Our Pre-Raph Gang

Tuesday, May 15, 2012

Character Sketches: The Stunners


Left to right:
Fanny Cornforth, Annie Miller and Jane Morris
...with Top the Wombat.

I was very honored to have the wonderful (and hilarious) Kirsty Walker ask me to contribute a cartoon to the new edition of her book, "Stunner", which is a much-needed biography of Fanny Cornforth-- restoring her dubious reputation in PRB history.
(Um, Fanny's dubious history, not Kirsty's...)
Kirsty's blog is wonderful--highly informative and very funny. http://fannycornforth.blogspot.com/ 

I pulled Fanny out of the above sketch and inked her:

This means that I need to draw a different version of Fanny to add to the Stunner sketch
when I ink that. (Upcoming.)

"Stunner" was a term used by the Pre-Raphaelite Brotherhood for their models-- or any other beautiful woman. 
Modeling for artists was looked down upon in Victorian society
 (as was being an actress) and models were  considered to be women of "loose morals." 
 (Probably because many of the women desperately needed the money
and weren't adverse to posing in the nude.)

However, the Brotherhood employed several women who quickly became favorites and muses. Naturally, some of the models also became involved personally with the painters.

Here are the three most well-known stunners (besides Lizzie Siddal)
 who would become part of the growing Pre-Raphaelite Sisterhood.  (For a beautiful and informative site devoted to the Pre-Raphaelite ladies, please visit Stephanie PiƱa's wonderful Pre-Raphaelite Sisterhood http://preraphaelitesisterhood.com/  ).

Fanny Cornforth


"Fanny Cornforth" was actually an alias: her real name was Sarah Cox.
Rossetti spotted her one day and loved her luxuriant hair (which was incredibly long, down
 to her legs when let loose.)

Bocca Bacciata
("The Kissed Mouth")
Dante Gabriel Rossetti

  
She was the physical opposite of the thin and willowy Lizzie Siddal,  being quite voluptuous.
A fun-loving woman with a strong Cockney accent and a healthy appetite, she was the bit of brightness in Rossetti's increasingly troubled mental state. His brother, William Michael Rossetti, had a personal vendetta against Fanny, seeing her as an opportunist taking advantage of the later reclusive Gabriel and possibly removing valuables (and artwork) from the premises.


Annie Miller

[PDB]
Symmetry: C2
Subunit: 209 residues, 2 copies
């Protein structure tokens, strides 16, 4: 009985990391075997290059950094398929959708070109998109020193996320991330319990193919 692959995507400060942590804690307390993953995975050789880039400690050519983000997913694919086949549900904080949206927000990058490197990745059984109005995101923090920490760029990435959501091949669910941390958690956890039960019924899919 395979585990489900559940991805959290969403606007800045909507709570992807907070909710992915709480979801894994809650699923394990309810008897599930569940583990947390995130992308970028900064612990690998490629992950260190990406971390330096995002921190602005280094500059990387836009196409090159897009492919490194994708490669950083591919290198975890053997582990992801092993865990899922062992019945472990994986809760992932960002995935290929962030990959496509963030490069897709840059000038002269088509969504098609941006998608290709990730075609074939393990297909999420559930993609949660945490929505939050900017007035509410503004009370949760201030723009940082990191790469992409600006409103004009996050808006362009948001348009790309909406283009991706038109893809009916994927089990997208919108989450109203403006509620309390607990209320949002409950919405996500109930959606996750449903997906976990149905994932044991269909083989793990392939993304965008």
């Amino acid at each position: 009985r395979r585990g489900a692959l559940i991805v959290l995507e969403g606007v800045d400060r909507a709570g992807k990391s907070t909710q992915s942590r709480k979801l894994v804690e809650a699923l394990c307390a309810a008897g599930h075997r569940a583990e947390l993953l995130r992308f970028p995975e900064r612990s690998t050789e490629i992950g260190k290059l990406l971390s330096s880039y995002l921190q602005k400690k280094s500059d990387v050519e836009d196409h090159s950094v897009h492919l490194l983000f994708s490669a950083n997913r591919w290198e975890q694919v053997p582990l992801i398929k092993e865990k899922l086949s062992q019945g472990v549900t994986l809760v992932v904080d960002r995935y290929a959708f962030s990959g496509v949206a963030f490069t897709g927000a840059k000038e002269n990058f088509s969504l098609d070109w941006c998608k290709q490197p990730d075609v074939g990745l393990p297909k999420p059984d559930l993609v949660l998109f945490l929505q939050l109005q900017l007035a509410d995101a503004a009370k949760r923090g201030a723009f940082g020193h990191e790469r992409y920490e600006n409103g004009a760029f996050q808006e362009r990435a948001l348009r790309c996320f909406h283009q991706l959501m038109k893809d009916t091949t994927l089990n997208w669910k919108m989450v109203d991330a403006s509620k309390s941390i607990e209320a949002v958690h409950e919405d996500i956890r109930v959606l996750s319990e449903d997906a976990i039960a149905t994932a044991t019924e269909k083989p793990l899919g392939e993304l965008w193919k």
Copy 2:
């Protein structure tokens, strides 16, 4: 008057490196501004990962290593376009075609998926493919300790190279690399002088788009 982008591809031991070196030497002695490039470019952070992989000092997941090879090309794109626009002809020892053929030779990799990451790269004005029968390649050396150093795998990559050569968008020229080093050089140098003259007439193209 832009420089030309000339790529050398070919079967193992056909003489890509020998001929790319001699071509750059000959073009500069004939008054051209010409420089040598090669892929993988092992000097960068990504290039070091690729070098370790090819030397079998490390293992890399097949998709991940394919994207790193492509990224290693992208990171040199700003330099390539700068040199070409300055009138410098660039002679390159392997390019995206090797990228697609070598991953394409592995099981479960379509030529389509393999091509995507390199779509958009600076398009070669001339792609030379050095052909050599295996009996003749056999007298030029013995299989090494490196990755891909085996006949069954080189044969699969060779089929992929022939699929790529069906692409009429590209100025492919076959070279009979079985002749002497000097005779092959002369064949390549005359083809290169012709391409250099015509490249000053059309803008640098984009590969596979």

One of Rossetti's many drawings of  Annie and her bushy hair.
Annie began life in incredibly squalid conditions and she was a barmaid when William "Maniac" Hunt came across her and decided to not only make her his model but also his personal project. He painted her famously in "The Awakening Conscience" (the painting about a reformed
prostitute that beat Rossetti's similar idea to the punch) and arranged for Annie to be educated and given etiquette lessons. (Yes, just like "My Fair Lady.")

Another drawing by Rossetti while Maniac was away...
The Awakening Conscience
by William Holman Hunt.


Hunt went away to the Holy Lands to paint goats (among other things) and had left a list of exactly which of his painter friends Annie was allowed to pose for.
 It was no surprise that Rossetti was NOT on this list. This, however, didn't stop Annie from doing what she wanted and she modeled frequently for Rossetti.

Hunt was enraged and would later break off his engagement to her, but the etiquette lessons had paid off and she married the brother of a viscount.

Jane Morris


Jane Burden lived in Oxford, the daughter of a stableman and domestic servant. She was spotted in the audience at the Drury Lane Theatre by Rossetti and new friend Ned Jones (Edward Burne-Jones) who were in town to paint the Oxford Union Murals. Rossetti needed a model for Guinevere and asked her to to pose for him.


Proserpine
by Dante Gabriel Rossetti

While Rossetti was attracted to Jane's unusual dark looks, he was engaged to Lizzie Siddal. It was the best friend of Ned Jones, the wealthy and multi-talented William Morris, who ended up falling in love with Jane and proposing to her...
thus beginning one of the most notorious love
triangles in art history.

After Lizzie's death, Rossetti became increasingly obsessed with Jane and painted what were to become his most well-known works.


And finally we have :
Top the Wombat


No official photo or painting exists of  Top the Wombat, .
but this is a common Australian wombat, just like Top was.


Rossetti had an exotic animal obsession and collected a menagerie at his 
home in Cheyne Walk.
A cartoon by Rossetti of saintly Jane
with an equally saintly wombat.



     Rossetti's favorite of the critters was Top, who
     was named after William Morris (whose nickname was
    "Topsy"-- or "Top" for short). Rossetti thought his pet
     wombat bore a peculiar resemblance to his friend and 
     romantic rival.


       Rossetti unfortunately didn't always take good care of
       his  pets and despite Top being a lovable furball, Top
      didn't live very long. One of the theories about his
      demise was that he chowed down on a box of Rossetti's  
      expensive cigars.

        Nevertheless, Top became the unofficial mascot
                    of the Pre-Raphaelites.



 Coming up next: The Only Male Stunner.

No comments:

Post a Comment